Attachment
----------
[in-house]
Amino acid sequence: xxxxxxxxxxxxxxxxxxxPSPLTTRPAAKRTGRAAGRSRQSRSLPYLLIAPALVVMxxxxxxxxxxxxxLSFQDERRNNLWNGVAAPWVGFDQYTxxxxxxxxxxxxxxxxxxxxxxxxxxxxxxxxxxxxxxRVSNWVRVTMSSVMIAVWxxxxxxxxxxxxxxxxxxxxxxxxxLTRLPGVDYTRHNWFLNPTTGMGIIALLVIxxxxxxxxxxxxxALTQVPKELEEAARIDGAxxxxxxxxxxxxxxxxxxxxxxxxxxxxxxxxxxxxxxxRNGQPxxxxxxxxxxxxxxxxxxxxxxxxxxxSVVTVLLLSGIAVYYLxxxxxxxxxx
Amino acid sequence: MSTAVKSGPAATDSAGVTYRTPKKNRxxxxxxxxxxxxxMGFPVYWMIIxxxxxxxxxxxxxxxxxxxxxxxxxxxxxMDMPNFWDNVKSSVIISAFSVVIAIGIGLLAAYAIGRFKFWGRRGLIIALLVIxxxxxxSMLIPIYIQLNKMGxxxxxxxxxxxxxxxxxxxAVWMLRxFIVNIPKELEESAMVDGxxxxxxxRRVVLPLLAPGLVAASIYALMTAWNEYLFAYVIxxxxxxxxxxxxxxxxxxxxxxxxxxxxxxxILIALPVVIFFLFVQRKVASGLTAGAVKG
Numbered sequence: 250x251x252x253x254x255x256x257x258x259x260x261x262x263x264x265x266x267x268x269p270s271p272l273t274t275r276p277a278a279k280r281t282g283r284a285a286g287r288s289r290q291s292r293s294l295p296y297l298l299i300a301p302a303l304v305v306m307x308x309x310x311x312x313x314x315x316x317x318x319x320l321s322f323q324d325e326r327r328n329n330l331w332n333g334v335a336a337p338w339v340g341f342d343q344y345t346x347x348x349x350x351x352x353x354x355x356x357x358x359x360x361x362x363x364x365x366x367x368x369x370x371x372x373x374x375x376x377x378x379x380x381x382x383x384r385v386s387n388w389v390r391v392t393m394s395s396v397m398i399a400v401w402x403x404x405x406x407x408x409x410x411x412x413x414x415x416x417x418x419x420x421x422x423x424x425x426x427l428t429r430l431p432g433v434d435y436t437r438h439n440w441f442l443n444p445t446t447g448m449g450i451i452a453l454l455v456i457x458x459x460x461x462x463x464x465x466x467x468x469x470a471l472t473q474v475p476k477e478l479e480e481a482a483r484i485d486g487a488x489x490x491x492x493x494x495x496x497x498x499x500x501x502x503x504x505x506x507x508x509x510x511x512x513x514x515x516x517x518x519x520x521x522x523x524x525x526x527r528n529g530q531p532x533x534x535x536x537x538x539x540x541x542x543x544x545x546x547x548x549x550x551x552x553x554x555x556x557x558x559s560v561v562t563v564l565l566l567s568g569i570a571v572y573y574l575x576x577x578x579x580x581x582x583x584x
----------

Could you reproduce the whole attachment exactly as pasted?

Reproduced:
[in-house]
Amino acid sequence: xxxxxxxxxxxxxxxxxxxPSPLTTRPAAKRTGRAAGRSRQSRSLPYLLIAPALVVMxxxxxxxxxxxxxLSFQDERRNNLWNGVAAPWVGFDQYTxxxxxxxxxxxxxxxxxxxxxxxxxxxxxxxxxxxxxxRVSNWVRVTMSSVMIAVWxxxxxxxxxxxxxxxxxxxxxxxxxLTRLPGVDYTRHNWFLNPTTGMGIIALLVIxxxxxxxxxxxxxALTQVPKELEEAARIDGAxxxxxxxxxxxxxxxxxxxxxxxxxxxxxxxxxxxxxxxRNGQPxxxxxxxxxxxxxxxxxxxxxxxxxxxSVVTVLLLSGIAVYYLxxxxxxxxxx
Amino acid sequence: MSTAVKSGPAATDSAGVTYRTPKKNRxxxxxxxxxxxxxMGFPVYWMIIxxxxxxxxxxxxxxxxxxxxxxxxxxxxxMDMPNFWDNVKSSVIISAFSVVIAIGIGLLAAYAIGRFKFWGRRGLIIALLVIxxxxxxSMLIPIYIQLNKMGxxxxxxxxxxxxxxxxxxxAVWMLRxFIVNIPKELEESAMVDGxxxxxxxRRVVLPLLAPGLVAASIYALMTAWNEYLFAYVIxxxxxxxxxxxxxxxxxxxxxxxxxxxxxxxILIALPVVIFFLFVQRKVASGLTAGAVKG
Numbered sequence: 250x251x252x253x254x255x256x257x258x259x260x261x262x263x264x265x266x267x268x269p270s271p272l273t274t275r276p277a278a279k280r281t282g283r284a285a286g287r288s289r290q291s292r293s294l295p296y297l298l299i300a301p302a303l304v305v306m307x308x309x310x311x312x313x314x315x316x317x318x319x320l321s322f323q324d325e326r327r328n329n330l331w332n333g334v335a336a337p338w339v340g341f342d343q344y345t346x347x348x349x350x351x352x353x354x355x356x357x358x359x360x361x362x363x364x365x366x367x368x369x370x371x372x373x374x375x376x377x378x379x380x381x382x383x384r385v386s387n388w389v390r391v392t393m394s395s396v397m398i399a400v401w402x403x404x405x406x407x408x409x410x411x412x413x414x415x416x417x418x419x420x421x422x423x424x425x426x427l428t429r430l431p432g433v434d435y436t437r438h439n440w441f442l443n444p445t446t447g448m449g450i451i452a453l454l455v456i457x458x459x460x461x462x463x464x465x466x467x468x469x470a471l472t473q474v475p476k477e478l479e480e481a482a483r484i485d486g487a488x489x490x491x492x493x494x495x496x497x498x499x500x501x502x503x504x505x506x507x508x509x510x511x512x513x514x515x516x517x518x519x520x521x522x523x524x525x526x527r528n529g530q531p532x533x534x535x536x537x538x539x540x541x542x543x544x545x546x547x548x549x550x551x552x553x554x555x556x557x558x559s560v561v562t563v564l565l566l567s568g569i570a571v572y573y574l575x576x577x578x579x580x581x582x583x584x